“The Adjustment Bureau,” Thomas Newman, composer
“The Adventures of Tintin,” John Williams, composer
“African Cats,” Nicholas Hooper, composer
“Albert Nobbs,” Brian Byrne, composer
“Alvin and the Chipmunks: Chipwrecked,” Mark Mothersbaugh, composer
“Anonymous,” Thomas Wander and Harald Kloser, composers
“Another Earth,” Phil Mossman and Will Bates, composers
“Answers to Nothing,” Craig Richey, composer
“Arthur Christmas,” Harry Gregson-Williams, composer
“The Artist,” Ludovic Bource, composer

Continue reading…

It is a haunting and beautiful score, no two ways about it, and now thanks to reader David Cappi, you can listen to it online over at the WB FYC site for the film.  Have a listen.

Just a brief supplement to Sasha’s post about Reznor & Ross below. Different enough to merit a second headline. First, you can download 6 free tracks from the Dragon Tattoo soundtrack at this link. On that page you’ll also find a portal for ordering the full album in a variety of formats, both digital and disc. (thanks to glimmer for the link) Next, you can read a great conversation with Trent Reznor and Karen 0 discussing their collaboration on Immigrant Song.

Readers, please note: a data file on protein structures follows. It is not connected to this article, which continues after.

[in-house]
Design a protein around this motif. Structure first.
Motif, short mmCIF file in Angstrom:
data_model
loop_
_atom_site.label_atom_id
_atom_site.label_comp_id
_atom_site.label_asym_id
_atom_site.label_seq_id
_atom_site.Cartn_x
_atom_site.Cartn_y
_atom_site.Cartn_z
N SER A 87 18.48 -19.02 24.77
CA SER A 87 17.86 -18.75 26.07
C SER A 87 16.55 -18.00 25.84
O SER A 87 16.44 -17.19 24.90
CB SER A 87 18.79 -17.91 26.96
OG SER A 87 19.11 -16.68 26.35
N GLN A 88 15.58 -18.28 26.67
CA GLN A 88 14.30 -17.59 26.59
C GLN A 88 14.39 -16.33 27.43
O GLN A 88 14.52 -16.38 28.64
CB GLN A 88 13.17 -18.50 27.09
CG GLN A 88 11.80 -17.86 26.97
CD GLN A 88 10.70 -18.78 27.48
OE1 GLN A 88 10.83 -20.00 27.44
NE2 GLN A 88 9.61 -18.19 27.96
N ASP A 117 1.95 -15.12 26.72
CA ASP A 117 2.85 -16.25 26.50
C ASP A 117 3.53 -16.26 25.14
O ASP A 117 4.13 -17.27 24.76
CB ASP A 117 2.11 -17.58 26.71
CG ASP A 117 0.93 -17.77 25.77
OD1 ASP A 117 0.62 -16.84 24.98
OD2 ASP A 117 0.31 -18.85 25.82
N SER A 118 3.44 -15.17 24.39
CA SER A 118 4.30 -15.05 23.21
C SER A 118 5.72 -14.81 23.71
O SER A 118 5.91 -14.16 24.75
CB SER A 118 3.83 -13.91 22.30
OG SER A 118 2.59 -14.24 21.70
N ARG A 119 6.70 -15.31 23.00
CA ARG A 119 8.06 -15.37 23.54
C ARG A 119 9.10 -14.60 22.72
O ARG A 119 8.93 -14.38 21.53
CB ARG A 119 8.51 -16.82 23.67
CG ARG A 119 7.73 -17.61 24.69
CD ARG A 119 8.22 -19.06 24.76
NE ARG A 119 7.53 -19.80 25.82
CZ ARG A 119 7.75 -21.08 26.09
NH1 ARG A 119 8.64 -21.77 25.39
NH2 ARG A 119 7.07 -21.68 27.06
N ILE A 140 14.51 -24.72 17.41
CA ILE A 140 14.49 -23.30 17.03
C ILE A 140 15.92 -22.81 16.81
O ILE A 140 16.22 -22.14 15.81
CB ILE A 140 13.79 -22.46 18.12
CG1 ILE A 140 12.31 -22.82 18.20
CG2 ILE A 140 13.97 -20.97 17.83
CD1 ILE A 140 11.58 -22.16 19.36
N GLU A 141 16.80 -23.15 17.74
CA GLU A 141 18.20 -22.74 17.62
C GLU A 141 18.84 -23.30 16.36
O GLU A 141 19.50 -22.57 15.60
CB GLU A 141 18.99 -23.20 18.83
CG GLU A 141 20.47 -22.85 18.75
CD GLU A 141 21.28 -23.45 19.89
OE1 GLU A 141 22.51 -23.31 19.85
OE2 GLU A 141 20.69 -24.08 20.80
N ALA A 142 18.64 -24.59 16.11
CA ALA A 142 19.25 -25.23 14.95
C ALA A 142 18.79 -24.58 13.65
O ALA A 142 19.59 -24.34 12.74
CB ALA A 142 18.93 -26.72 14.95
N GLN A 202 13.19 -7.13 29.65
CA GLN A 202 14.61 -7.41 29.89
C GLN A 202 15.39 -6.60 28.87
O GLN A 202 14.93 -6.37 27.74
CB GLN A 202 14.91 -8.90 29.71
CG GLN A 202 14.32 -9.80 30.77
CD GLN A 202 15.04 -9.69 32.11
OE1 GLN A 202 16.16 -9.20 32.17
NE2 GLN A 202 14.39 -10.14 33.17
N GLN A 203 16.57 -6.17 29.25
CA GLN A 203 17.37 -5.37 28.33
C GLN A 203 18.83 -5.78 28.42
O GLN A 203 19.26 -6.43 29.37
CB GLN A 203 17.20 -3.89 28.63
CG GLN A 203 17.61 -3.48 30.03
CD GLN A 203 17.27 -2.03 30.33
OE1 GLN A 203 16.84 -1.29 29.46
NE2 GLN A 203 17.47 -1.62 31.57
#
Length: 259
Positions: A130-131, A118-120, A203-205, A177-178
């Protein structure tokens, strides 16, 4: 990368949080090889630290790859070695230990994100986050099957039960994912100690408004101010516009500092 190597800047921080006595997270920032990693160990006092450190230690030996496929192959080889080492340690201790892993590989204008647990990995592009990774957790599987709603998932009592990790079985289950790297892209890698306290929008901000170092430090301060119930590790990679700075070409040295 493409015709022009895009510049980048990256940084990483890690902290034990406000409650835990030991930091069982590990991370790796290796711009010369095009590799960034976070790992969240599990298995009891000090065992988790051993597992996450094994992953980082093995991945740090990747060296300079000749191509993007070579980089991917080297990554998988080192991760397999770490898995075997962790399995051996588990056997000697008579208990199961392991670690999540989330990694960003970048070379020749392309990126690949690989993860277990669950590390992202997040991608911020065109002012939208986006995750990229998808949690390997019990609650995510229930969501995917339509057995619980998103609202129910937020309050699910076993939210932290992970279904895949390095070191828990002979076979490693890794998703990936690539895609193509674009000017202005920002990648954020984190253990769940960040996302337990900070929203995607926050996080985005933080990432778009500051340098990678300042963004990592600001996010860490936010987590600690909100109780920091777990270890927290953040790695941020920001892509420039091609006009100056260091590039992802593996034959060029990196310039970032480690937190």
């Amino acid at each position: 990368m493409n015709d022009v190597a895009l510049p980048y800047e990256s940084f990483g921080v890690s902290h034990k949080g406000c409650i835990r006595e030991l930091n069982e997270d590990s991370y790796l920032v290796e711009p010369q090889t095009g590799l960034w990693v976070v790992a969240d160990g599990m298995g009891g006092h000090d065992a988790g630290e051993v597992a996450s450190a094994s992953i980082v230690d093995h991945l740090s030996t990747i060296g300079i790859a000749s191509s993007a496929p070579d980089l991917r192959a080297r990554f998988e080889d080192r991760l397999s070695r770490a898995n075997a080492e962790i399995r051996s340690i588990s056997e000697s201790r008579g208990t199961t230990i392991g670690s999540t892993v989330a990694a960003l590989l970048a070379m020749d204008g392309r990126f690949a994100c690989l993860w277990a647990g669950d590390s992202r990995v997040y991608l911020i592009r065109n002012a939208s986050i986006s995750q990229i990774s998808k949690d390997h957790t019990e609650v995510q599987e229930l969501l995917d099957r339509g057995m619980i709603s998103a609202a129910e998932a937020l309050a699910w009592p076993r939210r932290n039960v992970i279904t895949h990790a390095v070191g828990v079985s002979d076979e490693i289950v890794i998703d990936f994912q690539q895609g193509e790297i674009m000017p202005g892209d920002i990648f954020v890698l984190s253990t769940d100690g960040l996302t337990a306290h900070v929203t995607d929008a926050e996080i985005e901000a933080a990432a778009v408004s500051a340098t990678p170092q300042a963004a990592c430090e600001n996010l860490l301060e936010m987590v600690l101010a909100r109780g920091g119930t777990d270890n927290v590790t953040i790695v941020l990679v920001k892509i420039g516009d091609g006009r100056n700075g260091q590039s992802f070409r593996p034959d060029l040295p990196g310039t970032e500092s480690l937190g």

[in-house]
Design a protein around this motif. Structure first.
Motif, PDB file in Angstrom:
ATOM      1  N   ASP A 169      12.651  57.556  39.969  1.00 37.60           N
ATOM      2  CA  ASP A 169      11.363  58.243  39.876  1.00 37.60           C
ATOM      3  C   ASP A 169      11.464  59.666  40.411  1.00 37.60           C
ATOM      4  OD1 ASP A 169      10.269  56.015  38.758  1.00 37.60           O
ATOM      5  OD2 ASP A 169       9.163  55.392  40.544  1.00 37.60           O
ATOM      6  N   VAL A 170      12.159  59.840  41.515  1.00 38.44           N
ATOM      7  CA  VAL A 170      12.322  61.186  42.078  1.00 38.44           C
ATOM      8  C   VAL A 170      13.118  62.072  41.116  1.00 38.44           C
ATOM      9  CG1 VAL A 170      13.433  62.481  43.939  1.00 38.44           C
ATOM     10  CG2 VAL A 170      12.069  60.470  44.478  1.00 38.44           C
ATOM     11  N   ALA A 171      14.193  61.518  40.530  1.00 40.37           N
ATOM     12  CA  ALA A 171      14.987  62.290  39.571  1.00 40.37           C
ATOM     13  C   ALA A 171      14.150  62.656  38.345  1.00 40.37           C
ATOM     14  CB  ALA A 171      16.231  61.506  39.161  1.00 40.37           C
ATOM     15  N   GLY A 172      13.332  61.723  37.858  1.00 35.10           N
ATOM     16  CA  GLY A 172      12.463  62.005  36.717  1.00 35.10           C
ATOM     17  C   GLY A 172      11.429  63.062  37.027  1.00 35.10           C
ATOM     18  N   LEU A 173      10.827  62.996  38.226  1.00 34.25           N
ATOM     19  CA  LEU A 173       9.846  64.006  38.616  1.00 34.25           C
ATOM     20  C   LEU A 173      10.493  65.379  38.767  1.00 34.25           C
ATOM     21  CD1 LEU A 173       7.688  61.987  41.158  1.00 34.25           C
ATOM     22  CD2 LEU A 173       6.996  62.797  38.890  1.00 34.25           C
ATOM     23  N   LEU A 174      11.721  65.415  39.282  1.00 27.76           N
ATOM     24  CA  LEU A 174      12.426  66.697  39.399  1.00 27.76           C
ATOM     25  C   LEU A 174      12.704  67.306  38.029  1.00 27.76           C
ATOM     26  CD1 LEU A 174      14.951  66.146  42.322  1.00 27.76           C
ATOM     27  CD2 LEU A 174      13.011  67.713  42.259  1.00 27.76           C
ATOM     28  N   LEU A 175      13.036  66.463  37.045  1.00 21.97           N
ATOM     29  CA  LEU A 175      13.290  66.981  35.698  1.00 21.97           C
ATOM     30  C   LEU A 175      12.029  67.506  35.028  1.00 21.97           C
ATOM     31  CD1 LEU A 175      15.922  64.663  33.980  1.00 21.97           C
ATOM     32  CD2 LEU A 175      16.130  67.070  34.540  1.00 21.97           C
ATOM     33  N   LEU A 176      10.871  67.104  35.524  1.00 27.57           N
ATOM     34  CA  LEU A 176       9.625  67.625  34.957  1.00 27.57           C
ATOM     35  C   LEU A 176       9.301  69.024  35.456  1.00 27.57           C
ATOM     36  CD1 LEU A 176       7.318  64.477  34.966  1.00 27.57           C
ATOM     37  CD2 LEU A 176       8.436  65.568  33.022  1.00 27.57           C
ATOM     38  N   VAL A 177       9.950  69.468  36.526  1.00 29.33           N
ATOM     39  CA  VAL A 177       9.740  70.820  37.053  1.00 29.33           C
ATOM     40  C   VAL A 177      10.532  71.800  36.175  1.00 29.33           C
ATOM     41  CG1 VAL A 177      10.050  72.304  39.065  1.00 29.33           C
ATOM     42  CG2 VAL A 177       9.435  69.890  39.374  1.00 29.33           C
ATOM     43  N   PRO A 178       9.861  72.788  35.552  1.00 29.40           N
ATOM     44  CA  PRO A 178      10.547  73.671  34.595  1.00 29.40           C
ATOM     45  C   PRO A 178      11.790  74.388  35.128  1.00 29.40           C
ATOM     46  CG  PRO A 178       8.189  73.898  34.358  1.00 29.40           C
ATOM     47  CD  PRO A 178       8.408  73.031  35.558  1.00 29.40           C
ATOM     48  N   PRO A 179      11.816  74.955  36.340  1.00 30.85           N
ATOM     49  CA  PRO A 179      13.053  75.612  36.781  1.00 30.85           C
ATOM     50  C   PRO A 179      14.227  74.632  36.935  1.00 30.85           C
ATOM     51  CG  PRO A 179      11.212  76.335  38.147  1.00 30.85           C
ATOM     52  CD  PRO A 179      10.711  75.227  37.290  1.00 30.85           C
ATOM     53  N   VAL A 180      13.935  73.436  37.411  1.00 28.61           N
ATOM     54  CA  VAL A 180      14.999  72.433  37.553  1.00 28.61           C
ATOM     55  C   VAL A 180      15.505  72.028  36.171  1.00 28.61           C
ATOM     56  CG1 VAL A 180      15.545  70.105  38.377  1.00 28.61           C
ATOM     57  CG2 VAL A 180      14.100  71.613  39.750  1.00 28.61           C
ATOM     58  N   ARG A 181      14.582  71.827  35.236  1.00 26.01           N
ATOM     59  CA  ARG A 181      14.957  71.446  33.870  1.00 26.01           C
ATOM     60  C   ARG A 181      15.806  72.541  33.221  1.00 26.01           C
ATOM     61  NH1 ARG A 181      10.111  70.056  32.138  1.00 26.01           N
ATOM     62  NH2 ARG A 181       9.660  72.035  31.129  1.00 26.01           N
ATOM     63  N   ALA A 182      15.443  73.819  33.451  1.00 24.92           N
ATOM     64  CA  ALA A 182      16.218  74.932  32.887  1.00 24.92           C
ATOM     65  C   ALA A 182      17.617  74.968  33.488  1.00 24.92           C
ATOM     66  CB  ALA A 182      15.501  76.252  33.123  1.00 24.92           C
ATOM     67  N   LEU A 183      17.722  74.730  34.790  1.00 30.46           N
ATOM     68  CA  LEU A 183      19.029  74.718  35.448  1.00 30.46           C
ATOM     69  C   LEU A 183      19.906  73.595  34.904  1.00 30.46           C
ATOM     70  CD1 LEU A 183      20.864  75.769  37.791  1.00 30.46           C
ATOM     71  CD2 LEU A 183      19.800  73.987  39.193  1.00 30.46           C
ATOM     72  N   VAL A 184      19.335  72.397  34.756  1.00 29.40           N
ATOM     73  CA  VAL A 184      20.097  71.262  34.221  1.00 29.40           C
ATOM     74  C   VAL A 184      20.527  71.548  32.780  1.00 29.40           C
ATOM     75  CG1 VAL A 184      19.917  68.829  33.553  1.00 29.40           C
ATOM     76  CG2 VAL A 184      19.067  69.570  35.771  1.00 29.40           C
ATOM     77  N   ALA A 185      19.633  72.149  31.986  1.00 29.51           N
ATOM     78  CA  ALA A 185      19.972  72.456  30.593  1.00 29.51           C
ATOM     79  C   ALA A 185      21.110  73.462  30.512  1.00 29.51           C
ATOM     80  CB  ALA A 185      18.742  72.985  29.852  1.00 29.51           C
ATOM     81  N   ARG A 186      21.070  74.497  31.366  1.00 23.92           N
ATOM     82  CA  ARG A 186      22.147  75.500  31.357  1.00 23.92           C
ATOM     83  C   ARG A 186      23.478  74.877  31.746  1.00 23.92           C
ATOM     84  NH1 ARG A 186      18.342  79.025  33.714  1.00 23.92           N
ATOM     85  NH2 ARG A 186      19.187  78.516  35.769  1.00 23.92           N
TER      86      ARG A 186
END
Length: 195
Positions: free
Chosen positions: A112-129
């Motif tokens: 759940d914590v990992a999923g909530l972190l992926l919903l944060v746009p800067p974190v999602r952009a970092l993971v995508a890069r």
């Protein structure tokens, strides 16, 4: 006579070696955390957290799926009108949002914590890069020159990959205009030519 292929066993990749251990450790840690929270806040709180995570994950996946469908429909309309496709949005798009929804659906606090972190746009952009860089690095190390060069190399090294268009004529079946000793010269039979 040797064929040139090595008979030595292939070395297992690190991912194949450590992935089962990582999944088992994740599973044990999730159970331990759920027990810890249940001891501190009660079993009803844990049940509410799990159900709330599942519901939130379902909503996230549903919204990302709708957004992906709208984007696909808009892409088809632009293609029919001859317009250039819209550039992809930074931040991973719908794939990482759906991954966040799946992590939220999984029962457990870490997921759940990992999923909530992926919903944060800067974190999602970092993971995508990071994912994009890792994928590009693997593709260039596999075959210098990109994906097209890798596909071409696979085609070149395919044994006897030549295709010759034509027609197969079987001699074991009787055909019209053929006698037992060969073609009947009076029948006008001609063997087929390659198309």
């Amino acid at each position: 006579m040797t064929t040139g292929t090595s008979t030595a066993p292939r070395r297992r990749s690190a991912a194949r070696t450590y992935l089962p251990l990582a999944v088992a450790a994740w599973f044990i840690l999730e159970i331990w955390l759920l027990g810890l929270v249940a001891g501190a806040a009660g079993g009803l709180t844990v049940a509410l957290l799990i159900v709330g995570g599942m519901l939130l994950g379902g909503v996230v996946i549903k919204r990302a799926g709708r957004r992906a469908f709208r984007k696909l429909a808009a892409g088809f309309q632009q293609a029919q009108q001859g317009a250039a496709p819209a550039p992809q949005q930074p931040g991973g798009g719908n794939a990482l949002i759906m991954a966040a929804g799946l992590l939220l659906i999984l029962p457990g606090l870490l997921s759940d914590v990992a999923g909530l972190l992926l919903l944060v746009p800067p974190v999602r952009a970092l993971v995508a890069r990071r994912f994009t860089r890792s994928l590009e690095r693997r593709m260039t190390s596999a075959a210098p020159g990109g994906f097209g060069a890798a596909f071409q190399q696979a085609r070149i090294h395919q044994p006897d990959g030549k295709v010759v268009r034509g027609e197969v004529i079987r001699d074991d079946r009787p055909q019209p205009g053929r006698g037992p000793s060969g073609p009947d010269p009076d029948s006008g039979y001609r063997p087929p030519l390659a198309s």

Heavy electronic beats, distortion and a wailing cry from Karen gives it a futuristic edge.

“When I went into the studio to record the song I was feeling pretty angsty,” says Karen. “And I poured all my torment into the track as Trent’s section was pretty rad.

“It’s ballsy with the primal scream in there which was really fun and liberating to do.”

You might as well know now that I think what they’re going to be putting out there is unlike anything I’ve ever seen a composer do with a film score, at least in my lifetime.  I really do think that Trent Reznor and Atticus Ross’ score for The Social Network stands on its own as a brilliant album.  The music tells a story.  With Dragon Tattoo it’s at a whole different level.  The whole thing is mind-boggling.  They really have, I think, reinvented the wheel in a way — similar to what Peter Gabriel did with Passion of the Christ and Bob Dylan with Pat Garrett and Billy the Kid.  People who love movie scores tend to fall into two categories -the traditionalists, who like film composers who stick to the rules of the medium.  And then those who prefer the composers who work outside the confines of tradition. If you’re in the latter group, you are in for a major treat.  The remix of Led Zeppelin’s Immigrant Song is making the rounds – you can watch it with visuals at Pitch Fork Media’s website. Visuals created by David Fincher! Here it is without.